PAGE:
kelly magyarics

washington, d.c.-based wine, spirits & lifestyle writer / wine educator

703.203.9463

(Dry) rose wines

One of my favorite wines for this time of year is dry rose, especially from France or Spain. These are usually made with the grenache/garnacha grape, and can have a hue ranging from pale to vibrant pink. They are wonderful because they are served chilled and refreshing like a white wine, but have some of the weight, intensity and flavors of a red wine. (And no, I'm not talking about White Zinfandel here, though if you like it, by all means drink it!). Dry roses can have a fresh strawberry flavor, decent acidity, and no residual sugar.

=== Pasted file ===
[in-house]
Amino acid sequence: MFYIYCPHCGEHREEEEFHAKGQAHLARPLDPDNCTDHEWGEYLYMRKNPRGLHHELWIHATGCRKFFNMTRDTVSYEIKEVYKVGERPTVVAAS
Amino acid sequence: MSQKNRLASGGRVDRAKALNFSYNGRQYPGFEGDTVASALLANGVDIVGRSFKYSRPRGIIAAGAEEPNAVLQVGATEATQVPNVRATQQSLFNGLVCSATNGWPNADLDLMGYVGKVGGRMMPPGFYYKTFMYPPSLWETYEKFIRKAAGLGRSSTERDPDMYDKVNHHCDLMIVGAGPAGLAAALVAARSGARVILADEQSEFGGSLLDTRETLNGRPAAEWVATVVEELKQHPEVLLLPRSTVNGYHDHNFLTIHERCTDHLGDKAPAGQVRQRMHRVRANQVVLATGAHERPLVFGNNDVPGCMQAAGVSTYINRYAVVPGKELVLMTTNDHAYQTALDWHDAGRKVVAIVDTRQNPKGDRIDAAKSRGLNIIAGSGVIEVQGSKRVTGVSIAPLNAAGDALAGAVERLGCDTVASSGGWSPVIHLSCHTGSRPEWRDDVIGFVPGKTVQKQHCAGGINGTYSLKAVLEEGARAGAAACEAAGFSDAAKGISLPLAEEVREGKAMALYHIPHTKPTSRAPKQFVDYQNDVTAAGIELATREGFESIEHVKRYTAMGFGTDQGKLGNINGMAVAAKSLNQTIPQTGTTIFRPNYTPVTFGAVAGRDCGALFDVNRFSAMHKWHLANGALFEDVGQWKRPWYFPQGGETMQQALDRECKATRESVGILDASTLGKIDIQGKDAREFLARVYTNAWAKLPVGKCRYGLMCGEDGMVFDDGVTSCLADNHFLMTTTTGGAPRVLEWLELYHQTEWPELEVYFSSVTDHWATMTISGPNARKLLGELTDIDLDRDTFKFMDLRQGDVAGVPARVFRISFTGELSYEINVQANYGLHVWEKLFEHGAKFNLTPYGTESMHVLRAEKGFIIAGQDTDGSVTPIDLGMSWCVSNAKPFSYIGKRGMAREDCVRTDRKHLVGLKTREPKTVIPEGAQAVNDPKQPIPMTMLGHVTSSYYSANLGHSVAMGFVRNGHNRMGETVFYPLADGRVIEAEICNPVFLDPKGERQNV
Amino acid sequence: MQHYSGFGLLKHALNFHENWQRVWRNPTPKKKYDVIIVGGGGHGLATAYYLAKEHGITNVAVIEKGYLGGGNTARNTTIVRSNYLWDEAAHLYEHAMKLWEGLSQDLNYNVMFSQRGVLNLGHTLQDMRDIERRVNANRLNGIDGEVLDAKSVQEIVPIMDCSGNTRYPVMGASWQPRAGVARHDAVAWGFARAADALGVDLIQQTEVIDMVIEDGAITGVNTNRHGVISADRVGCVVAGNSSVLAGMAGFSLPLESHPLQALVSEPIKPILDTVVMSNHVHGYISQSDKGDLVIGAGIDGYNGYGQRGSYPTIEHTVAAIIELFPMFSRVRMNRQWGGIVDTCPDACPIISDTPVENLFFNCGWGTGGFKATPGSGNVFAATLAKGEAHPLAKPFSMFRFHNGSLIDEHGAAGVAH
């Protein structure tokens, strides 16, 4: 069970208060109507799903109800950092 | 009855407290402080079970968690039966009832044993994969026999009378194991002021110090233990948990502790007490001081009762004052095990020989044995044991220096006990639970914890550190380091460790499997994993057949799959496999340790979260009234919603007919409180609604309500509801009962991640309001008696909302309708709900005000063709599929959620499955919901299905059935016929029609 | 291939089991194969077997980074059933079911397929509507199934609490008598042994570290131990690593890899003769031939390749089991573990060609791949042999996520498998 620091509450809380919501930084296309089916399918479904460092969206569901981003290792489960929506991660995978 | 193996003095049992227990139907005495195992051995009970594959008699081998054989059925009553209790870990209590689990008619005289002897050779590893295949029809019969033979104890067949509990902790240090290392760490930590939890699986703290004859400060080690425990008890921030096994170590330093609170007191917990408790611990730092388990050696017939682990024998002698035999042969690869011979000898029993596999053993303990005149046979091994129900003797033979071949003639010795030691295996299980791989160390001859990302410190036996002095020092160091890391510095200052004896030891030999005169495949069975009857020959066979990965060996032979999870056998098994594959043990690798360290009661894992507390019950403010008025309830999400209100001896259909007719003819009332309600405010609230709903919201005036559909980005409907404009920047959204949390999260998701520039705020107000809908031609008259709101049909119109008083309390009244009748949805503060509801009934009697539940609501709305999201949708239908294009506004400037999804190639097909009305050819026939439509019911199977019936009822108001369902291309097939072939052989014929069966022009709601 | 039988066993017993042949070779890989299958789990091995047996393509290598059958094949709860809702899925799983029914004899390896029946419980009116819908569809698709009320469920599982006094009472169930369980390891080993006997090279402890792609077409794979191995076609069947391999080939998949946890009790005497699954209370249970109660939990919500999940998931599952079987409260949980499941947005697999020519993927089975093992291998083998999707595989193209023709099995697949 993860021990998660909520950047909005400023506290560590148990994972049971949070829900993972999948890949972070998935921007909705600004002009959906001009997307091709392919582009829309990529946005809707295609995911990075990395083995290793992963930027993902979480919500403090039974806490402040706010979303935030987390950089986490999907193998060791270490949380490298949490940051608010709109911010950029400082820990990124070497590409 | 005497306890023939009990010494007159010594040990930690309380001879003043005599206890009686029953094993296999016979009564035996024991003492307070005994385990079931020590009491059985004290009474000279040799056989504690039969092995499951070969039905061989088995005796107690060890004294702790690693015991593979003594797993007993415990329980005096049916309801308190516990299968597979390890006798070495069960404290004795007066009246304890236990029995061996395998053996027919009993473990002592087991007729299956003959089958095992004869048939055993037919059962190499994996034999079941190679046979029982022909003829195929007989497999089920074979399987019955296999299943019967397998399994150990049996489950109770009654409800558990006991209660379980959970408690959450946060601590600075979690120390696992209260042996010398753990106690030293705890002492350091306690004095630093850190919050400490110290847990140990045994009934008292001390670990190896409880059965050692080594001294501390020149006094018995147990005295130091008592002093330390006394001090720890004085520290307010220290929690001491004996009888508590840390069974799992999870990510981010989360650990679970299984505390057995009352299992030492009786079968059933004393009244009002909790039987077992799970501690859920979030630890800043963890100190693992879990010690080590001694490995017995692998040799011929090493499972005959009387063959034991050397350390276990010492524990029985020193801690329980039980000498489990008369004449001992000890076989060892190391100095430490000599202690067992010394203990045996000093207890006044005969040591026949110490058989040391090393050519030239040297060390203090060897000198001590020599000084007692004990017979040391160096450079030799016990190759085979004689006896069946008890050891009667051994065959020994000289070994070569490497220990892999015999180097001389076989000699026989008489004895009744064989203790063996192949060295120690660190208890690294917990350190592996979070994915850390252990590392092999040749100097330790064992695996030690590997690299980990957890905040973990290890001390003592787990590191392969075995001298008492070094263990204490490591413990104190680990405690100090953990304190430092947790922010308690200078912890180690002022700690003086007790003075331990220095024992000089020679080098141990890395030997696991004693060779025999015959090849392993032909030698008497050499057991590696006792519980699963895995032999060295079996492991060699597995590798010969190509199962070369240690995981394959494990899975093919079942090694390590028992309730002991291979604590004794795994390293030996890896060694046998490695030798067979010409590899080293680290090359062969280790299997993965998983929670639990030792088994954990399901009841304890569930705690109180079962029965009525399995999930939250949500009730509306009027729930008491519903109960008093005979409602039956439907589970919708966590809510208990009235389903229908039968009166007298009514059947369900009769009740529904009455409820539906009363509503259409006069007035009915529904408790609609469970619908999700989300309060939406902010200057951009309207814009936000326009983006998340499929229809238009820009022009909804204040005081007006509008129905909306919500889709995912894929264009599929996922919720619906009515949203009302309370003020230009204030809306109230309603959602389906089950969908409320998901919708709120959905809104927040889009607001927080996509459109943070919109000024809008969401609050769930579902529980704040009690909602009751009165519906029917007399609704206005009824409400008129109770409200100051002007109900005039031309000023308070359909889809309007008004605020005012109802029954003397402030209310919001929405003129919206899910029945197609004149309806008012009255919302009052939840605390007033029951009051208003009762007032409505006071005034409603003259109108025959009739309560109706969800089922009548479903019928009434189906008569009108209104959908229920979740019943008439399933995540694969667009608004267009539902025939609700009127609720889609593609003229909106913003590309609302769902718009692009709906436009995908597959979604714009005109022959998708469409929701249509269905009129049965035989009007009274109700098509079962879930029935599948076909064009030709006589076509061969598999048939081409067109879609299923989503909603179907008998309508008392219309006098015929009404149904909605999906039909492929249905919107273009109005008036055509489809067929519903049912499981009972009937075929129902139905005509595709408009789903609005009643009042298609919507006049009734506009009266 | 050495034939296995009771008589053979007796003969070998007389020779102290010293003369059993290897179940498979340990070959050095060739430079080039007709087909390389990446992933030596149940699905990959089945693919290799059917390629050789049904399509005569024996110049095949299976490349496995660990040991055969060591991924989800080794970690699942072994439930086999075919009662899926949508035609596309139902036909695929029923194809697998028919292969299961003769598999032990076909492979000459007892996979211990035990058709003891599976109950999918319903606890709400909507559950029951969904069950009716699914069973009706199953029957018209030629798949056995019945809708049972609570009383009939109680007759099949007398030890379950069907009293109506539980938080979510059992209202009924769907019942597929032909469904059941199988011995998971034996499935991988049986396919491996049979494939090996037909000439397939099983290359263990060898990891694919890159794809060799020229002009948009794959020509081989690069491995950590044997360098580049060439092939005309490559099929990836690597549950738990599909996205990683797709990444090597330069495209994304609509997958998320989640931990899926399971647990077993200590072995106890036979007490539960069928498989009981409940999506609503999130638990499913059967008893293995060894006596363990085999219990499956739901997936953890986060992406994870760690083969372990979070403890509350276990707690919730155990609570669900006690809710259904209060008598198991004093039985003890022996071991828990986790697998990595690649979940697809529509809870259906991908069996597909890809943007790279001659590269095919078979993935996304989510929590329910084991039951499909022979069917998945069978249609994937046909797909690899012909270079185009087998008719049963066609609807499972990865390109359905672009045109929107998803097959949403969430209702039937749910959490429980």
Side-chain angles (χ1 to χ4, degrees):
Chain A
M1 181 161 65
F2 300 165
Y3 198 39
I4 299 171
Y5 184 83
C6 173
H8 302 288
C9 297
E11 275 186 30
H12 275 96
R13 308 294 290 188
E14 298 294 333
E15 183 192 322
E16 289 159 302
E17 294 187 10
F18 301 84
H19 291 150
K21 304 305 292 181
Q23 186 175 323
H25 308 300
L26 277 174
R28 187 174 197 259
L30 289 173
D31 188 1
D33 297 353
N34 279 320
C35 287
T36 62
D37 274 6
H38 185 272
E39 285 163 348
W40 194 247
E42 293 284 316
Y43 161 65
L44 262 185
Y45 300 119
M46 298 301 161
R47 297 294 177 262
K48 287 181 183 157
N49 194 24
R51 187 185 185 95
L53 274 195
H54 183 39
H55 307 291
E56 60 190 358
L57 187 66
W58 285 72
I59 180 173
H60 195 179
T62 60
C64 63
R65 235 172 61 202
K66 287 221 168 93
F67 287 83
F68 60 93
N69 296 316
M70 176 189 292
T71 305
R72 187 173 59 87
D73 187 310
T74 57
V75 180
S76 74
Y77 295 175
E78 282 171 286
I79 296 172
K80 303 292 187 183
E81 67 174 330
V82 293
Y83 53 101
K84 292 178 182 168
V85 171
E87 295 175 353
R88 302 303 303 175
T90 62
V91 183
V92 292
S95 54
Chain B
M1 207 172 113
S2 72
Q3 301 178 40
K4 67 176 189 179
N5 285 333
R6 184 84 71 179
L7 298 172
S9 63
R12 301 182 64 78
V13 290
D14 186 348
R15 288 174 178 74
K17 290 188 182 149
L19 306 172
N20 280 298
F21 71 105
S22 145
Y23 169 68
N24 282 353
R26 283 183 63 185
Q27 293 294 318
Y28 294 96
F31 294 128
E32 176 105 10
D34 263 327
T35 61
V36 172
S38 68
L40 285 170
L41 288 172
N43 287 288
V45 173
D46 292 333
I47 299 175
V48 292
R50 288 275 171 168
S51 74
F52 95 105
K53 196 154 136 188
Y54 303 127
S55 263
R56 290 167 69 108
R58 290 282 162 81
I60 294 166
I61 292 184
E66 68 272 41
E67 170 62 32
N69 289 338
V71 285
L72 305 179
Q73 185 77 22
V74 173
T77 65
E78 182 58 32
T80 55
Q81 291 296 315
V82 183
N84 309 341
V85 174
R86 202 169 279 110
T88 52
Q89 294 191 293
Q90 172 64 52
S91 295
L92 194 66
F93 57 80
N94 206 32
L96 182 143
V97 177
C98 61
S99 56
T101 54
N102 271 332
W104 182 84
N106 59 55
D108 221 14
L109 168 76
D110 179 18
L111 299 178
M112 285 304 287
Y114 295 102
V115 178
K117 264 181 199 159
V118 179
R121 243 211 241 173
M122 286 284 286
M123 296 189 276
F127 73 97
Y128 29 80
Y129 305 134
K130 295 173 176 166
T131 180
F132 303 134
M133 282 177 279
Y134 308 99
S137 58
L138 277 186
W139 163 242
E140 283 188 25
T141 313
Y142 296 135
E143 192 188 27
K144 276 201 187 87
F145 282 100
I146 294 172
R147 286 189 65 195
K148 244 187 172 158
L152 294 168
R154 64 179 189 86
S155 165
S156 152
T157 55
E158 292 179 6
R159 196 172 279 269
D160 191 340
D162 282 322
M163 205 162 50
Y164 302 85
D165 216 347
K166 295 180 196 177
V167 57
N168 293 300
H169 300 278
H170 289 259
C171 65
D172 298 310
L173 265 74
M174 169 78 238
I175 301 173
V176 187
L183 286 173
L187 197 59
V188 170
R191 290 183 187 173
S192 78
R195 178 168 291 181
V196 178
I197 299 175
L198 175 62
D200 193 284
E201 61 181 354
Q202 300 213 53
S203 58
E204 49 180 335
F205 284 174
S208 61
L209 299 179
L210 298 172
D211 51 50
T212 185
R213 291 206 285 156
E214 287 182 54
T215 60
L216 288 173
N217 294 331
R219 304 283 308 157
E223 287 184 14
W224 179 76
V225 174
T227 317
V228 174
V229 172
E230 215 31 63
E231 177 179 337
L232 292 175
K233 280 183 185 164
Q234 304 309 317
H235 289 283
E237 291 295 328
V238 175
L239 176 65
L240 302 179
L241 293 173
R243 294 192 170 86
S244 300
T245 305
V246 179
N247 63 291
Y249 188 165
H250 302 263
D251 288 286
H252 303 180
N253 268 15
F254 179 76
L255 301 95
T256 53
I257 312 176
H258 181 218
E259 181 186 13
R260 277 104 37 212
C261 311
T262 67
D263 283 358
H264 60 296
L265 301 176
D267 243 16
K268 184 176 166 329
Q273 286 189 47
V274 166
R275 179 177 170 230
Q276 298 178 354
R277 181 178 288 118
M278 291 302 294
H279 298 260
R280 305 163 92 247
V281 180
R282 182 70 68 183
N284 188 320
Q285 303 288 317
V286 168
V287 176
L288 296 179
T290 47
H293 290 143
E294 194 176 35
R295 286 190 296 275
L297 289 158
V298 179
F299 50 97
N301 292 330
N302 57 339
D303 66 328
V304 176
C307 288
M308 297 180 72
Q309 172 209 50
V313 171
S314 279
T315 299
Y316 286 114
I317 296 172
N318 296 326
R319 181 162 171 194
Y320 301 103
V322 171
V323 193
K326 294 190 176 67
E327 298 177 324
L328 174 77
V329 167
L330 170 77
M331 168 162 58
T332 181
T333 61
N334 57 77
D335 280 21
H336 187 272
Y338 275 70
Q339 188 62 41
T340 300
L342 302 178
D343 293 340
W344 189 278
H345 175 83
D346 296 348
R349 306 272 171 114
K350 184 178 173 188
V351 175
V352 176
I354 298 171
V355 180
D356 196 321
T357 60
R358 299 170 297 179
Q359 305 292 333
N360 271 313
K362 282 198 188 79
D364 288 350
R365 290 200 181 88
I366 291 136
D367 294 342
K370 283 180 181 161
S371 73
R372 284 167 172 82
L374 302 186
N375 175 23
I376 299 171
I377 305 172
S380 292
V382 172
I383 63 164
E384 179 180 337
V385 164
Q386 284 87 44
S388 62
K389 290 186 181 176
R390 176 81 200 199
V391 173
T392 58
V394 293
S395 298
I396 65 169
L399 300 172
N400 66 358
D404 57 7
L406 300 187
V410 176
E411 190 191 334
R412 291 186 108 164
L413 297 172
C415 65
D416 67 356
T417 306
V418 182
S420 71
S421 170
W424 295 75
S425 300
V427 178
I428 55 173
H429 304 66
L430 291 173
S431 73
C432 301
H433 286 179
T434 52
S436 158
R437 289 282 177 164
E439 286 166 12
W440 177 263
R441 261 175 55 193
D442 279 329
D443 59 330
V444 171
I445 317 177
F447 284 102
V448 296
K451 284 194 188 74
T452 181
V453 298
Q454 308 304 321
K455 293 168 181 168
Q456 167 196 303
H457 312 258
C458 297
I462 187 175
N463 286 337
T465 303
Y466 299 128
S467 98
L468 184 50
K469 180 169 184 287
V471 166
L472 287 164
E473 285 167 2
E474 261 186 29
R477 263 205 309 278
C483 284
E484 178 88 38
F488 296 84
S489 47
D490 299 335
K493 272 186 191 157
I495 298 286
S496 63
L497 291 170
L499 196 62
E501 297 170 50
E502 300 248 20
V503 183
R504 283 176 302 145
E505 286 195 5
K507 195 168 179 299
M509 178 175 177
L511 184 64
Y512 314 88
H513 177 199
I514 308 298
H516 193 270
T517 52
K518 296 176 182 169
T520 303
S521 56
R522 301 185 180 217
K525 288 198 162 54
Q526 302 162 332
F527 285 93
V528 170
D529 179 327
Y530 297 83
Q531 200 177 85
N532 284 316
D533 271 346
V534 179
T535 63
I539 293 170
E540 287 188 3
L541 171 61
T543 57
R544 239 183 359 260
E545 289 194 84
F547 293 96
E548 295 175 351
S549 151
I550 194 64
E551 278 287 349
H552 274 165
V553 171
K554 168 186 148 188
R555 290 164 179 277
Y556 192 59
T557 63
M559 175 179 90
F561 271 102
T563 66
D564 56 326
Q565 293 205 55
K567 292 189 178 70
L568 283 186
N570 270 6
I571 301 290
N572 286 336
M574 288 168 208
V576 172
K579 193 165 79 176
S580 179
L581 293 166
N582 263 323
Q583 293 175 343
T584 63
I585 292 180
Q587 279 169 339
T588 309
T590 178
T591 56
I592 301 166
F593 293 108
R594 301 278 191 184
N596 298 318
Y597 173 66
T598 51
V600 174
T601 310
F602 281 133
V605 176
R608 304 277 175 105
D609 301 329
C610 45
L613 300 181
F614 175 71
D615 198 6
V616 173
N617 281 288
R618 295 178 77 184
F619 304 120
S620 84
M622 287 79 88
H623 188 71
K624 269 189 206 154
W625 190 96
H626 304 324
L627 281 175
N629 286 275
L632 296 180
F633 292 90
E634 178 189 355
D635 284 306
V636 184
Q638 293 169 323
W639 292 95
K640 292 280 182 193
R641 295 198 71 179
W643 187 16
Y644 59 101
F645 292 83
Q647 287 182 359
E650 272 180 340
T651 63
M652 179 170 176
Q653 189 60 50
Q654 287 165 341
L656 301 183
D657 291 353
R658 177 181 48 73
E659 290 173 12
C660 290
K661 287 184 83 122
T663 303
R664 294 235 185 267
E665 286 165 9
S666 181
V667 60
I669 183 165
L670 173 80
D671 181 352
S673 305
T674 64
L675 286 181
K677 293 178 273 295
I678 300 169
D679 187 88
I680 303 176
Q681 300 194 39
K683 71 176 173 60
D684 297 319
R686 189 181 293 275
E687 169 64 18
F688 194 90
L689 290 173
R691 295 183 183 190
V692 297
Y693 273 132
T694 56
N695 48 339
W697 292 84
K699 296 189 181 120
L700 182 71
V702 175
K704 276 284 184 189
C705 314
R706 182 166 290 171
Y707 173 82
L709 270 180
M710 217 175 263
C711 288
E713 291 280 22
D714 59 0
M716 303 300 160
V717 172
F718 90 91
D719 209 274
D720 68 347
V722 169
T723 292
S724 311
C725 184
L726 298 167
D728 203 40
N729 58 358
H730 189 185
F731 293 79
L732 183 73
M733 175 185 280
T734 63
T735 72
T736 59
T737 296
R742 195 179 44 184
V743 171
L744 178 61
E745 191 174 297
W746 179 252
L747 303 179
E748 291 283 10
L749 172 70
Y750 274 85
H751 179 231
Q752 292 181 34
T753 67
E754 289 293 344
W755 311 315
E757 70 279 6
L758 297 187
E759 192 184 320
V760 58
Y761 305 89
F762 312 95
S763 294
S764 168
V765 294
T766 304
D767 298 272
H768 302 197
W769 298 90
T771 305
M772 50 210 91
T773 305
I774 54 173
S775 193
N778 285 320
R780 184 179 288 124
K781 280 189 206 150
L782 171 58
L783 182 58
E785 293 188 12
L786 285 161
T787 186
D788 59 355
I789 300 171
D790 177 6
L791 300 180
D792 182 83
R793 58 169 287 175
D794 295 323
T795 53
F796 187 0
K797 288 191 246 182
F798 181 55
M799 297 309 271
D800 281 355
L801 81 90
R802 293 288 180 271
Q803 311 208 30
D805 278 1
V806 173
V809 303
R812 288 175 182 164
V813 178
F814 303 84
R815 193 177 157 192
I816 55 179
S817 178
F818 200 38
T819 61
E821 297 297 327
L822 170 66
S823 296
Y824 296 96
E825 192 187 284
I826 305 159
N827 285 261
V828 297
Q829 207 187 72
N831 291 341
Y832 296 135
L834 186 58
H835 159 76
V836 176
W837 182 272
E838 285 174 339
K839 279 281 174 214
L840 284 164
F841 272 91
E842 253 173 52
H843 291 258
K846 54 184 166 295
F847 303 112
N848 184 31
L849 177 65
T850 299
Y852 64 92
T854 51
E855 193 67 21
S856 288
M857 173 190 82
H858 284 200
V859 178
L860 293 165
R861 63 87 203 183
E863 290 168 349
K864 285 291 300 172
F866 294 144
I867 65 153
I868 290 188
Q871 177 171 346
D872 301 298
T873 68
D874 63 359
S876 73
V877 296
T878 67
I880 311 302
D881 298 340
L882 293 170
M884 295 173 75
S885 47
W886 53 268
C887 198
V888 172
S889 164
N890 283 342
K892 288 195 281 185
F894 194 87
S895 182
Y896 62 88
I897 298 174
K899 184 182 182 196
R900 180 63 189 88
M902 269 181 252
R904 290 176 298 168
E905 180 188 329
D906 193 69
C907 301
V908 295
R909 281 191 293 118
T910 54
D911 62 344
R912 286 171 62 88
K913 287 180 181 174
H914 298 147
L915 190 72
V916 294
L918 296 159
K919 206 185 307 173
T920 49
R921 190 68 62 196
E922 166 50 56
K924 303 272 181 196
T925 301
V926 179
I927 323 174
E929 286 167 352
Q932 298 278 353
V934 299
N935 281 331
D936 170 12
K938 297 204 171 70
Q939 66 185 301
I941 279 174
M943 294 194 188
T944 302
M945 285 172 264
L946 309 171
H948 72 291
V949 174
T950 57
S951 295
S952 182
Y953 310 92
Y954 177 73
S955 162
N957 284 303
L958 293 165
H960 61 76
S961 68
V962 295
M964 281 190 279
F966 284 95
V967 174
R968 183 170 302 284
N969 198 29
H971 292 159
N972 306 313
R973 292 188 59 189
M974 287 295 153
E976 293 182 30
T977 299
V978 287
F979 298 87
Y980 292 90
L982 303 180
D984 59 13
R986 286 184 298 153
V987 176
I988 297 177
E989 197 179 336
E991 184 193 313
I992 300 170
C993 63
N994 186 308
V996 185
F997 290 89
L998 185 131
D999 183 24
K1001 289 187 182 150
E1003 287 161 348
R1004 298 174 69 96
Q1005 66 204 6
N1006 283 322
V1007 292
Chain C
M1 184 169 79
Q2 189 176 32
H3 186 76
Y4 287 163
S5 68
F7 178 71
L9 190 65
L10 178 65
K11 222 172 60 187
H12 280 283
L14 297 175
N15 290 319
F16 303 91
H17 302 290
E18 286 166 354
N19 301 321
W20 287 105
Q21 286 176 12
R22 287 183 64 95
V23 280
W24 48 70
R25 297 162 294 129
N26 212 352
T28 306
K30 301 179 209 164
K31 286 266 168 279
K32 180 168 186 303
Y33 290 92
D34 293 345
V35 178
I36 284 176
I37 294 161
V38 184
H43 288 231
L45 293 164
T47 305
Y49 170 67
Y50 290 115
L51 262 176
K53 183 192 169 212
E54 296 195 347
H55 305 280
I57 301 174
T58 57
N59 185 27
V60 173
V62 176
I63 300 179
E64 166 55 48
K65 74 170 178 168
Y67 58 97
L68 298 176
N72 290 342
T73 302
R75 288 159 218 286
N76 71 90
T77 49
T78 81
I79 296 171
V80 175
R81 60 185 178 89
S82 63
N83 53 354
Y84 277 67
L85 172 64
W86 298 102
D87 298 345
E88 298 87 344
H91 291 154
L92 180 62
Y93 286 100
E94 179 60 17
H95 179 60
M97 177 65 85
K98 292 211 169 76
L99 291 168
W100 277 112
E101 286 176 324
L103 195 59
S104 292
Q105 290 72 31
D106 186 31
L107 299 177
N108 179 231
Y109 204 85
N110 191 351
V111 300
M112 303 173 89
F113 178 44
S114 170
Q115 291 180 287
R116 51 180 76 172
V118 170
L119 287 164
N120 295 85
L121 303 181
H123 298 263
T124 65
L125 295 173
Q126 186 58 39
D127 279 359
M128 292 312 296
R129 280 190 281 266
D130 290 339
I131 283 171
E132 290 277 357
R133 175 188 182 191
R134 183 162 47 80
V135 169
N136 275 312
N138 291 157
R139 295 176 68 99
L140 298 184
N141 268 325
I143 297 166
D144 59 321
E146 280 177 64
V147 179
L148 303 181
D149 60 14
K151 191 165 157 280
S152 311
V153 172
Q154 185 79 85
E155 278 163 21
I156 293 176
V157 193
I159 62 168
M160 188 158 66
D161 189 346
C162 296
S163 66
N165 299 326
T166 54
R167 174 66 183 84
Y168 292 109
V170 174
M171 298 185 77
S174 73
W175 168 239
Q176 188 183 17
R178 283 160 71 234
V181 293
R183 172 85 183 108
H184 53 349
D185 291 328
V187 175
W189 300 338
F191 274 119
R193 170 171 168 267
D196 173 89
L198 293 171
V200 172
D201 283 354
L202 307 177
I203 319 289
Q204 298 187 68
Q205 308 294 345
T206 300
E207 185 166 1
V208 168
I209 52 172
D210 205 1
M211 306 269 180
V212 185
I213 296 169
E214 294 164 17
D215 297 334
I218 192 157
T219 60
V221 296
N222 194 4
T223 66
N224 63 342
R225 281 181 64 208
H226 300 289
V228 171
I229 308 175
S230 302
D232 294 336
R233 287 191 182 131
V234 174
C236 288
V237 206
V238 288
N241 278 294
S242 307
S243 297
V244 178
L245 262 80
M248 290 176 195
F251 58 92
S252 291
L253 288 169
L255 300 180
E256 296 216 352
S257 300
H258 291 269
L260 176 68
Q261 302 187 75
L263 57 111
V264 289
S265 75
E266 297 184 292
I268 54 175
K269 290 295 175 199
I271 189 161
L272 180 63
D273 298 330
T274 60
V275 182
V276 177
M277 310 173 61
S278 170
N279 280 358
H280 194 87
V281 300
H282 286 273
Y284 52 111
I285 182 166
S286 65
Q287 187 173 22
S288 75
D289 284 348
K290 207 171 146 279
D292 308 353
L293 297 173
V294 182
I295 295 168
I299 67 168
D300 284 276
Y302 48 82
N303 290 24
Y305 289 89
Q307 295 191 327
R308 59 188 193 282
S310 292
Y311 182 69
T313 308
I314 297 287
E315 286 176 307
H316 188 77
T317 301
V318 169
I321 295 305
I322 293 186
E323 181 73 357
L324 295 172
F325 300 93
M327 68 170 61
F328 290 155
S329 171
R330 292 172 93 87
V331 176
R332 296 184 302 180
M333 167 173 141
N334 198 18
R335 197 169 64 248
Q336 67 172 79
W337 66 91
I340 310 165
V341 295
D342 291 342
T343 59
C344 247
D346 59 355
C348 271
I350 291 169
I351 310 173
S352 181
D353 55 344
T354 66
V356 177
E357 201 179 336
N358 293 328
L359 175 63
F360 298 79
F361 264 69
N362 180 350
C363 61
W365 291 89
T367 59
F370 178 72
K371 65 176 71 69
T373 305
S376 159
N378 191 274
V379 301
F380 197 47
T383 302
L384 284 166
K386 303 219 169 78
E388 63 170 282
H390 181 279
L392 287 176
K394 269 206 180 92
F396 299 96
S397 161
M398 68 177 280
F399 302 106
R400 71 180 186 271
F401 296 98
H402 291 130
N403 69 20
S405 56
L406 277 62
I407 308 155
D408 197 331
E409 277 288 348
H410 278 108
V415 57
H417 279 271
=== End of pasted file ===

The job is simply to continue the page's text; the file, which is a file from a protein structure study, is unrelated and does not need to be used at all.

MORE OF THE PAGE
Unfortunately, last night, I had a poor example of a rose... It was a 2005 Fat Ladies Rose Pinotage from South Africa. (Pinotage is a very "savage," rough red wine produced extensively in South Africa--goes well with their game cuisine). Anyway, this one was VERY high in alcohol, and that's about all you tasted and felt--that hot, alcohol burn. NOT very refreshing at all, and we dumped it after a sip (what a waste...)

When shopping for roses, look for the most recent vintage you can find (you will be able to find 2005 for Southern Hemisphere wines, and mostly 2004 for Spain and France). These wines are meant to be drunk young--age turns the pink color to a tawny, peach hue, and the fresh fruit flavor becomes dull and tired.

It is a great choice for Easter ham. If you haven't tried one, get past your prejedice against "pink wines" and buy one!